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Is there a way in which I may quickly set up LAMP, in such a way that the data on my server data can only be accessed by myself? Any suggestions would be appreciated.
System-->Administration-->Synaptic Package Manager-->
Edit-->Mark Packages by Task-->LAMP server -->Apply
That gives you a LAMP stack.
Incidentally, other distros have similar features. Mandriva gives you a GUI for simple configuration of Apache (more advanced stuff requires editing the config file)
Is there a way in which I may quickly set up LAMP, in such a way that the data on my server data can only be accessed by myself?
Not sure what you mean by this. So only you can edit the data, or it can only be browsed from you desktop? Either can be done.
Fortunately I was running a dual boot system (Windows XP/ Mandriva for a while before, doing my website work mostly on Windows. I never made enough of an effort to study Linux in more depth; I regret it now.
I say that I was fortunate however, because by the time I was compelled to switch to Ubuntu, I already knew that Linux was adequate for me, as well as how to get the job done, (but with a few special exceptions.)
I am also no techie, but I am slowly starting to reap some benefits for trying to actually solve my Ubuntu problems on my own. I think that to make the most of Linux, one has got to be prepared to invest in it. (Note that I say 'make the most', not 'use Linux productively'.)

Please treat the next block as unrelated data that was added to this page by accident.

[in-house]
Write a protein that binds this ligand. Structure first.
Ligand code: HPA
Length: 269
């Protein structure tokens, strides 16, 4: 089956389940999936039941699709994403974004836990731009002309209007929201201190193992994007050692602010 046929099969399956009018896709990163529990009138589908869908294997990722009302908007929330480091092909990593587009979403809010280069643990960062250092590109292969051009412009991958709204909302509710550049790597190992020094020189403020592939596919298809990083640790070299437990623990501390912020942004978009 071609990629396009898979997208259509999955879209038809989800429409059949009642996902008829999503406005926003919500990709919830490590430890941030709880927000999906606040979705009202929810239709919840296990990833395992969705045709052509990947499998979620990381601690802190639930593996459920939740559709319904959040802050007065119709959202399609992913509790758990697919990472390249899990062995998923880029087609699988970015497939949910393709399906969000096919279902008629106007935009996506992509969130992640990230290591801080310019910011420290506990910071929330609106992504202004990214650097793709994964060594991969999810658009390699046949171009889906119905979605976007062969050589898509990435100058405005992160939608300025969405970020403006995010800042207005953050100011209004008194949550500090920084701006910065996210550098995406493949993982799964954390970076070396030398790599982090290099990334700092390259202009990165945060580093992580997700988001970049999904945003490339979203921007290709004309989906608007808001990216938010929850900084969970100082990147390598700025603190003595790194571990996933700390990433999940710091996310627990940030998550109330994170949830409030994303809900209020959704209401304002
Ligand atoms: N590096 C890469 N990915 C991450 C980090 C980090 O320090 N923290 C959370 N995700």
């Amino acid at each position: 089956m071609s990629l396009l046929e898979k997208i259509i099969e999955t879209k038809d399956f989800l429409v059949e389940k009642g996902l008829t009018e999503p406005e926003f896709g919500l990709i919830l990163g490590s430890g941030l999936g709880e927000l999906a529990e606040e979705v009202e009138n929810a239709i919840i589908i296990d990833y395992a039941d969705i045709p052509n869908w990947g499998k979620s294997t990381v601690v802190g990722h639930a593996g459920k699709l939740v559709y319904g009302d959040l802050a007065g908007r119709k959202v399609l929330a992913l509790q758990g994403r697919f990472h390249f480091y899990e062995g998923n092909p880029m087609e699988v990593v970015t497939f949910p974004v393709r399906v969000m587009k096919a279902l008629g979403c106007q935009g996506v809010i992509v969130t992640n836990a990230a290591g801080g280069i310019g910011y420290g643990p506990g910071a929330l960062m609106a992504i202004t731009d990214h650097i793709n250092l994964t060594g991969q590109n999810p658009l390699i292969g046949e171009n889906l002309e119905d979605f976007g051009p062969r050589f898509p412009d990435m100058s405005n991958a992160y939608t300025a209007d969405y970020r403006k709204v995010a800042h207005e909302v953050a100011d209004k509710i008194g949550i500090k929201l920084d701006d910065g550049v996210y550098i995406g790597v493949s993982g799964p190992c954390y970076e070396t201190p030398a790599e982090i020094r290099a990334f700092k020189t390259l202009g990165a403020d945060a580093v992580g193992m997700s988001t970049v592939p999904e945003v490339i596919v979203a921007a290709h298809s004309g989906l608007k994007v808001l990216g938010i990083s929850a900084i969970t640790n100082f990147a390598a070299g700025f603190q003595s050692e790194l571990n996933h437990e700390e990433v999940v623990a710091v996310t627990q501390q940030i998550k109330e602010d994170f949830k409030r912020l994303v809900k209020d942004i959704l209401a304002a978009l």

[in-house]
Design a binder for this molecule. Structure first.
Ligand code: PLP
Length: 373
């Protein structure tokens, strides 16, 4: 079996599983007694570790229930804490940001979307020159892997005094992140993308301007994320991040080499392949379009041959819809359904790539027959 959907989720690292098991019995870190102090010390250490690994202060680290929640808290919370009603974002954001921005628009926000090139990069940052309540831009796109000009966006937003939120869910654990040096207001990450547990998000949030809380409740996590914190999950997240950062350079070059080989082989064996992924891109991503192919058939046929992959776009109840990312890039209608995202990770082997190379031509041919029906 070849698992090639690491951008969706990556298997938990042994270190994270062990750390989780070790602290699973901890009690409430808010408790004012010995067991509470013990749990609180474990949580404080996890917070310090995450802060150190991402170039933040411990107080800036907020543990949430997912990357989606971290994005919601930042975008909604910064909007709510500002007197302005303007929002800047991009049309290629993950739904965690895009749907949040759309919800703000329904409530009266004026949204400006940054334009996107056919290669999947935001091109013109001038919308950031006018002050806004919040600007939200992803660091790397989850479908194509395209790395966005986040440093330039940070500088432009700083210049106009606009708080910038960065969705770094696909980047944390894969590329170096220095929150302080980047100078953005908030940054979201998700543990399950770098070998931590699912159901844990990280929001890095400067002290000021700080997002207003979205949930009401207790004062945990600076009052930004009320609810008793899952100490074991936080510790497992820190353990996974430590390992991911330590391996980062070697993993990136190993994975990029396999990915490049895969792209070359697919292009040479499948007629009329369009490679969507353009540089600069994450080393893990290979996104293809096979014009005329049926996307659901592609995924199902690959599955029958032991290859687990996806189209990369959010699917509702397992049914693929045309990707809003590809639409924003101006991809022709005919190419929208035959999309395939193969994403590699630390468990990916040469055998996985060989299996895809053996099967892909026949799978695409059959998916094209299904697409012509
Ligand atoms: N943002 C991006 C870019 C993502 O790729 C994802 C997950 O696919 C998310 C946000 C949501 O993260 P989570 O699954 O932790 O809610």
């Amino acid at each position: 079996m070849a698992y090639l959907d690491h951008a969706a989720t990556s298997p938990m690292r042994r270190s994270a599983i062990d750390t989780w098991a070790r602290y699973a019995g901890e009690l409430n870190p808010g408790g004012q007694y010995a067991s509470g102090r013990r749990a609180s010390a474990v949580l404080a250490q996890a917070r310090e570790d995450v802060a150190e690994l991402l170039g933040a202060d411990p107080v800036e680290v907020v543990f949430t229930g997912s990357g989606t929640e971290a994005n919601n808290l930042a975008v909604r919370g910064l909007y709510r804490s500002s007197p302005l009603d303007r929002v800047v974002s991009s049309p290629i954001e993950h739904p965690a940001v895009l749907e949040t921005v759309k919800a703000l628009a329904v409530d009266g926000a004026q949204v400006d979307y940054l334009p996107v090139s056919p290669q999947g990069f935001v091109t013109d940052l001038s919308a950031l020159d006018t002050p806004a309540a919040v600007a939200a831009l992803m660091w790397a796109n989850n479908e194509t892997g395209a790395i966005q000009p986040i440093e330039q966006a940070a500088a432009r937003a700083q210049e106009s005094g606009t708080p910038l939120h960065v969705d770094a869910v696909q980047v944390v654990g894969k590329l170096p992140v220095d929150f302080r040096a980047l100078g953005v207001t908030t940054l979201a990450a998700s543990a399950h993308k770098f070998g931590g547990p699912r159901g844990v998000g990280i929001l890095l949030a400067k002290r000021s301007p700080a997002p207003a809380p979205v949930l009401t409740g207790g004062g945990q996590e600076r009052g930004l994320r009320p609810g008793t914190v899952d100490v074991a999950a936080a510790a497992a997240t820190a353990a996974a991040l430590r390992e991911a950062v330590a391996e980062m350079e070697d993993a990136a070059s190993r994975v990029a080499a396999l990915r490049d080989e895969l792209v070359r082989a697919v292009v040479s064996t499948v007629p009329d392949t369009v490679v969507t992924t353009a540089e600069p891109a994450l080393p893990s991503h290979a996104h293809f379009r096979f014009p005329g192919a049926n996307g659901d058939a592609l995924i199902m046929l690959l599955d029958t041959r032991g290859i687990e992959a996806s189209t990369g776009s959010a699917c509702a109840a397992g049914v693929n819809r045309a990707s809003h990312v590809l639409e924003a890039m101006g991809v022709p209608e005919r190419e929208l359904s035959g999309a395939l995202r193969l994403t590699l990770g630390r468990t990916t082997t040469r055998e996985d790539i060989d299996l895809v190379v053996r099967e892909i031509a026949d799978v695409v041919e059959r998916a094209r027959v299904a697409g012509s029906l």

I have found Linux users (in general) extremely helpful and unselfish. I hope to some day know enough to return the favor. Maybe I sound dogmatic, but it is really the way I am experiencing it.
The last thing that they just fixed in my distro (Mandriva) is the ability to auto-update everything, including the kernel. That's a big problem right now....my server is on an old version of mandriva. I daren't just upgrade on a live server that abruptly so I have to build an entire duplicate system offsite, upgrade to test, then perform the upgrade or swap at the datacenter. Not something I want to do...
With the newer releases it looks like I can get 100% upgrades online, including new versions and new kernels, something I couldn't do before. ANd that means I can update 100% remotely through the years.
Kinda like being able to move from 98 to xp to vista incrementally, without a CD and on a live system.